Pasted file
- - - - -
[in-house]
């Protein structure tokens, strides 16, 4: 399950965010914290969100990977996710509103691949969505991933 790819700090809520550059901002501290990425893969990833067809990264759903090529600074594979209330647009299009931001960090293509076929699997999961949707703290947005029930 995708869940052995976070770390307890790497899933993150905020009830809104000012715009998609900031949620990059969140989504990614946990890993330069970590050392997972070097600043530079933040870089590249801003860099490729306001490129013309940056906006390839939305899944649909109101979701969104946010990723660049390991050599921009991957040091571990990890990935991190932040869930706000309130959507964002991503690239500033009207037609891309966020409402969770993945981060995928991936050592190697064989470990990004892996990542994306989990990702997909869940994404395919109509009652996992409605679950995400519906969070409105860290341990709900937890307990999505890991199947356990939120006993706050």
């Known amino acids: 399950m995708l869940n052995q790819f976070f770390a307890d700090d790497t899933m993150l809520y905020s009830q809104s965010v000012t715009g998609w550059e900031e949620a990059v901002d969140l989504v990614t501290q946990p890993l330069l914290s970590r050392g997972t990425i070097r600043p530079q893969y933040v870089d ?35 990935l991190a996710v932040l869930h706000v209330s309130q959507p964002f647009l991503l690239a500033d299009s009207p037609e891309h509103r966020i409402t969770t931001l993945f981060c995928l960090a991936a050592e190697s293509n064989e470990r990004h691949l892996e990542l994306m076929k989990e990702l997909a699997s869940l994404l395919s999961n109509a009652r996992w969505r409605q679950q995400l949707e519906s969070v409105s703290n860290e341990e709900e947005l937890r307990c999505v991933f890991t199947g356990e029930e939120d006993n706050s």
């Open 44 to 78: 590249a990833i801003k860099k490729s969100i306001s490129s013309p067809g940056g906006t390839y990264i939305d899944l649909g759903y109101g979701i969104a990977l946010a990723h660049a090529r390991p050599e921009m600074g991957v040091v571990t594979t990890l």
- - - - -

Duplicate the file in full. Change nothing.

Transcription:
[in-house]
């Protein structure tokens, strides 16, 4: 399950965010914290969100990977996710509103691949969505991933 790819700090809520550059901002501290990425893969990833067809990264759903090529600074594979209330647009299009931001960090293509076929699997999961949707703290947005029930 995708869940052995976070770390307890790497899933993150905020009830809104000012715009998609900031949620990059969140989504990614946990890993330069970590050392997972070097600043530079933040870089590249801003860099490729306001490129013309940056906006390839939305899944649909109101979701969104946010990723660049390991050599921009991957040091571990990890990935991190932040869930706000309130959507964002991503690239500033009207037609891309966020409402969770993945981060995928991936050592190697064989470990990004892996990542994306989990990702997909869940994404395919109509009652996992409605679950995400519906969070409105860290341990709900937890307990999505890991199947356990939120006993706050």
């Known amino acids: 399950m995708l869940n052995q790819f976070f770390a307890d700090d790497t899933m993150l809520y905020s009830q809104s965010v000012t715009g998609w550059e900031e949620a990059v901002d969140l989504v990614t501290q946990p890993l330069l914290s970590r050392g997972t990425i070097r600043p530079q893969y933040v870089d ?35 990935l991190a996710v932040l869930h706000v209330s309130q959507p964002f647009l991503l690239a500033d299009s009207p037609e891309h509103r966020i409402t969770t931001l993945f981060c995928l960090a991936a050592e190697s293509n064989e470990r990004h691949l892996e990542l994306m076929k989990e990702l997909a699997s869940l994404l395919s999961n109509a009652r996992w969505r409605q679950q995400l949707e519906s969070v409105s703290n860290e341990e709900e947005l937890r307990c999505v991933f890991t199947g356990e029930e939120d006993n706050s």
């Open 44 to 78: 590249a990833i801003k860099k490729s969100i306001s490129s013309p067809g940056g906006t390839y990264i939305d899944l649909g759903y109101g979701i969104a990977l946010a990723h660049a090529r390991p050599e921009m600074g991957v040091v571990t594979t990890l």